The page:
In a country where hard liquors have been ruling the drinks’ menu, wines are gradually making their way up the charts, with domestic brands giving a neck-to neck to the imported bottles.
At our wine club’s meet-ups in Delhi, I have a great time sipping varieties from around the world and India. It is a gathering of wine enthusiasts, and the tastings are sometimes accompanied with discussions on the drinks’ production, grape types, climatic conditions, wine aging, etc.,” shares Kavita Singal, a hotel-restaurant-cafe manager for Guna Enterprises, an international food and beverages company.
Wine consumption is now more common in India, a country where liquor and beers have been ruling the drinks’ menu for the longest time. In high-end cafes and bars, particularly in metropolitan cities like Delhi and Mumbai, consumption of wine has increased as people, especially the younger crowd, want to get a taste of the west and also indulge in something that makes them come across as more refined.
“I think it is mostly the 30-plus age segment that consumes wine the most. Although I have also seen a big push of the 50-plus segment switching from liquor to wine in the past four-five years, and it is quite encouraging,” says Randip Dhingra, managing director at Twist – an Asian bistro and wine bar in a popular neighbourhood in Gurugram – a city near, New Delhi. “And yes, I see people consume wine to make an impression and because of an attached ‘cool’ quotient,” he adds. While Dhingra speaks on grounds of the trends he has been witnessing, there are studies that back what he is saying.
“Consumers spend more on wines to impress. More expensive wines are being poured at business meetings, social parties and for gifting to set a favourable impression, making wine important in the social context,” stated India Wine Insider 2017, which was a report that surveyed the urban Indian wine consumers. “Wine is uniquely positioned in the consumer’s mind as a healthy, sophisticated and a less intoxicating (therefore socially acceptable beverage). These qualities are making wine unique, unlike any other beverage, thereby giving it a distinctive marketable advantage over other alcoholic beverages,” it adds.
Some experts agree, however: “Esteem is definitely a factor associated with wine consumption, not only in countries with recent wine history like India but also those that have been producing wine for centuries. Only the perspective is different. For example, if in a beginner wine country any random wine is considered a sophisticated indulgence; in a seasoned wine country a high pedigree expensive wine is considered so. There are definitely those who would like to be seen with a glass of wine purely to make an impression. I consider such people as potential wine consumers who will evolve in due course,” argues Ravi K Joshi, a wine writer based in New Delhi.
Even though an attached social ranking is what is making many consume it, wine industry in India has been growing manifold in the last few years.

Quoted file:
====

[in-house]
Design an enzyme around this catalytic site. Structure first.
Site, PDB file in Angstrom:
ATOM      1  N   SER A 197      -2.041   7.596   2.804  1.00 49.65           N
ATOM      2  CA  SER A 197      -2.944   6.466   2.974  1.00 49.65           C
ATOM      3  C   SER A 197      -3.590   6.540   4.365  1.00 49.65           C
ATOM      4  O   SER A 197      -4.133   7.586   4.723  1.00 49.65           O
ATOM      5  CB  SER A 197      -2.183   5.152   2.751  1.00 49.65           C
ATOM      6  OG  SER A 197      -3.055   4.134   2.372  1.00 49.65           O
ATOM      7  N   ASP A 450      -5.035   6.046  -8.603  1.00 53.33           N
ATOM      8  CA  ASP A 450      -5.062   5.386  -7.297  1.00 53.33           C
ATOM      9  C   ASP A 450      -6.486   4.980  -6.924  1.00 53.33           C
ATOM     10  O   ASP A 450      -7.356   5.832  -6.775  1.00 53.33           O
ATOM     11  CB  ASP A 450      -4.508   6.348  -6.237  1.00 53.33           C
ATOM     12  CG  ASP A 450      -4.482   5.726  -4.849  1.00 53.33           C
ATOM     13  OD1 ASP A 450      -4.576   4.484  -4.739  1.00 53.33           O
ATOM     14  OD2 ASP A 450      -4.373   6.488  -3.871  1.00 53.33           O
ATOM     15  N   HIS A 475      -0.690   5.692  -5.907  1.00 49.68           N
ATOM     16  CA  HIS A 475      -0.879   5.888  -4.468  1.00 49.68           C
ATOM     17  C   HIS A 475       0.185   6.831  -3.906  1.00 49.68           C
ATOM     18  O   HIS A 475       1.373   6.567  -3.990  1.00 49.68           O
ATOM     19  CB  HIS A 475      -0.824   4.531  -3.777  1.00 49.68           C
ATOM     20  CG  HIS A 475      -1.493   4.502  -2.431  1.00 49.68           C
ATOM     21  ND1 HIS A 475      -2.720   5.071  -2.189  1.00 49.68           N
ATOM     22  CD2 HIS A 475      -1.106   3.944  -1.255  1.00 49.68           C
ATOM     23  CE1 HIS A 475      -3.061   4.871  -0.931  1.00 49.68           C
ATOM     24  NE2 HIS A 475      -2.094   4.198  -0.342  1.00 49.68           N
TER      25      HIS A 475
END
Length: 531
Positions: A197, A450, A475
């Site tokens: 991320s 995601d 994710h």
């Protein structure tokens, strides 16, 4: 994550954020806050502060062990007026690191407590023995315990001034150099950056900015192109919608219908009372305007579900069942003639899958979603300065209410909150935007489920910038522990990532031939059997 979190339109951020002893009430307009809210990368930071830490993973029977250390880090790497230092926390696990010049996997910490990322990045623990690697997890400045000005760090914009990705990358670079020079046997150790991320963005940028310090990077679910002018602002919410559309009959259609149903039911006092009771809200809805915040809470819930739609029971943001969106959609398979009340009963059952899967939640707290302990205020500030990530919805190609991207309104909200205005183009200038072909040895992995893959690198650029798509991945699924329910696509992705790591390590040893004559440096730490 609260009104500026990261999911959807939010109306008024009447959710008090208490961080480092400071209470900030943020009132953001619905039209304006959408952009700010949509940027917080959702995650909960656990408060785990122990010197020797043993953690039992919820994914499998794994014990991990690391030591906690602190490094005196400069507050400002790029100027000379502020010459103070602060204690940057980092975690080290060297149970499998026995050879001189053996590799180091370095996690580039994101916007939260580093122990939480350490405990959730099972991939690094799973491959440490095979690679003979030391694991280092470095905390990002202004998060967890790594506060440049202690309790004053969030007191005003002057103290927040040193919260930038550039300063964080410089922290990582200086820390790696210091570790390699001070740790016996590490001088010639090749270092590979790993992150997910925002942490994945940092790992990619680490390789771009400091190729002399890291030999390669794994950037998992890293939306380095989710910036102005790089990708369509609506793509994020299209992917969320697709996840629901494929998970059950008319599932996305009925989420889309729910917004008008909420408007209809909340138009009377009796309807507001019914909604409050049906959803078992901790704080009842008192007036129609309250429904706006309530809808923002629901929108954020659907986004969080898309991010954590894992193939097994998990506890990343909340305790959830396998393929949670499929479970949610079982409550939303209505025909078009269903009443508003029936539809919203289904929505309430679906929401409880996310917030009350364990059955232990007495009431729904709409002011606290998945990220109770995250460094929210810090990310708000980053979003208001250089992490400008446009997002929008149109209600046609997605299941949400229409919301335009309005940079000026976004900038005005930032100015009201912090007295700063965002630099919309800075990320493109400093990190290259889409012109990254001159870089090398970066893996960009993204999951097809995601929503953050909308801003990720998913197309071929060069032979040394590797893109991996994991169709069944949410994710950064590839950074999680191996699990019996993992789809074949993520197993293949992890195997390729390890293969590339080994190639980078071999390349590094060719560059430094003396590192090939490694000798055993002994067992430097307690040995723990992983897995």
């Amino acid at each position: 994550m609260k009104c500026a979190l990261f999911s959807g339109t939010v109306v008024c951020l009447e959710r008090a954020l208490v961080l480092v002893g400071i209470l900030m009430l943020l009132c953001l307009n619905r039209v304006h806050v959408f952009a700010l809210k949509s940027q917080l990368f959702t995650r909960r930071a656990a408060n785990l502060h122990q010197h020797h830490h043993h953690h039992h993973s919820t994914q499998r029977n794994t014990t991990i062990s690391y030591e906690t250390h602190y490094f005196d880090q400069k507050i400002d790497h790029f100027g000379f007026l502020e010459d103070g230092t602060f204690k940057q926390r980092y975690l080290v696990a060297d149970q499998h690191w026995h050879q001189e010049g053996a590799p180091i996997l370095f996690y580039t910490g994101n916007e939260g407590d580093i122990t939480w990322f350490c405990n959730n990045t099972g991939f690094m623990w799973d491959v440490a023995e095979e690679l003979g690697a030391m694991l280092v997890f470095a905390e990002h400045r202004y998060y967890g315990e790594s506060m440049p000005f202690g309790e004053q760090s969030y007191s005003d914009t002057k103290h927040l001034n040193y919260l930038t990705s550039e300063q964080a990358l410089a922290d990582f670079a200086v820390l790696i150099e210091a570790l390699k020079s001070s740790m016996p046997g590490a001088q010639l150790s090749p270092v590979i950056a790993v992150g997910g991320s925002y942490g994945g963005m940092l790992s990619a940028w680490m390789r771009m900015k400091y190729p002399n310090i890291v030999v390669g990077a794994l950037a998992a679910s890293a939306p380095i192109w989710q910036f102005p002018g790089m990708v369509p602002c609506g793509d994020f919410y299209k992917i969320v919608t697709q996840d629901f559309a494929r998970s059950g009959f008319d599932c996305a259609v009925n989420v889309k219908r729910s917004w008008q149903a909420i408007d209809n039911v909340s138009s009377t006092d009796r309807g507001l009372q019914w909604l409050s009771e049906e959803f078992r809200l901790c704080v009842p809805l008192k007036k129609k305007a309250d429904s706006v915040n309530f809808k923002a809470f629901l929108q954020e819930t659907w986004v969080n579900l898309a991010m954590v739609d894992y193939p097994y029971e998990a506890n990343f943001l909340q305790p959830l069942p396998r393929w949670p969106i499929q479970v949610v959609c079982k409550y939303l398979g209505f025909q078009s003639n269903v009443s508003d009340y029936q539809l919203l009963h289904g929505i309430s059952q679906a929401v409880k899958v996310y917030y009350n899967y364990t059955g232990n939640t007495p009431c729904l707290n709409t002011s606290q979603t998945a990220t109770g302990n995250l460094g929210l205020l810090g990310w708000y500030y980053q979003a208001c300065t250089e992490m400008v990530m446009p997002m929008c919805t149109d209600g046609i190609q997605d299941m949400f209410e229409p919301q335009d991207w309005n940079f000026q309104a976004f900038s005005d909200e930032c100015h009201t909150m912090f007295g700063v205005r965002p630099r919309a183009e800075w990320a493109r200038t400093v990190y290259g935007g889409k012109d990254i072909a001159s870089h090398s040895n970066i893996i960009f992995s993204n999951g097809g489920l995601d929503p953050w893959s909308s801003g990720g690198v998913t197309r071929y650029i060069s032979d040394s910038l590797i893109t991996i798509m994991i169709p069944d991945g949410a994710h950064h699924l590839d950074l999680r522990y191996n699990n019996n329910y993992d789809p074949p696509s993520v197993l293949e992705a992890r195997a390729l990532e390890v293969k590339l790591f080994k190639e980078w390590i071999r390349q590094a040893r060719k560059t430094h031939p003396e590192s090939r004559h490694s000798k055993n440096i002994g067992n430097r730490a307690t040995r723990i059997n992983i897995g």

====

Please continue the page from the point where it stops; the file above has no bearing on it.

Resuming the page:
Wine production in India
Singal goes on to elaborate on her wine tasting experience to mention that Indian brands get as much focus as international ones. “The tastings include wines like Tiamo Prosecco, Danzante Pinot Grigio, Miguel Torres Chile San Medin Sauvignon Blanc, Le Grand Pinot Noir and also the Indian Sula Zinfandel Rose,” says Singal. “So the offerings are both international and national. In fact, Sula is one Indian brand, that is preferred over foreign brands by many,” she recounts.
Established in 1999, Sula is the leading wine producer in India, based in the city of Nashik, which is located in Maharashtra (west India) and is also known as the wine capital of India. Vineyards in Nashik are spread on a land of approximately 175,000 acres, lending it the title. The city houses half of the total wineries in Maharashtra. A total of 77 wineries are located in the state of which 39 are in the Nashik district alone. “Wine producers prefer setting up their units in Nashik because here they get the ideal weather and soil type required for growing grapes,” says Dhingra.
“Nashik and its surrounding areas possess a favourable terroir (a collective French word that encompasses soil composition, microclimate and other production variables) for wine grapes. Though the region has been producing grapes much before the advent of wine culture, it has received much spotlight after wine production started in the 1900s. The region’s altitude (700m) and proximity to the Arabian Sea keep temperatures moderate, which is a significant advantage for producing wine grapes especially in a tropical country like India,” shares Joshi.
“Apart from its geography, Nashik has also benefitted from a concerted effort over the years by various stakeholder agencies in the government or otherwise. Creation of a dedicated wine park, infrastructure development and setting-up of trade bodies are some factors that have worked towards establishing a thriving eco-system for wine in the region,” he adds.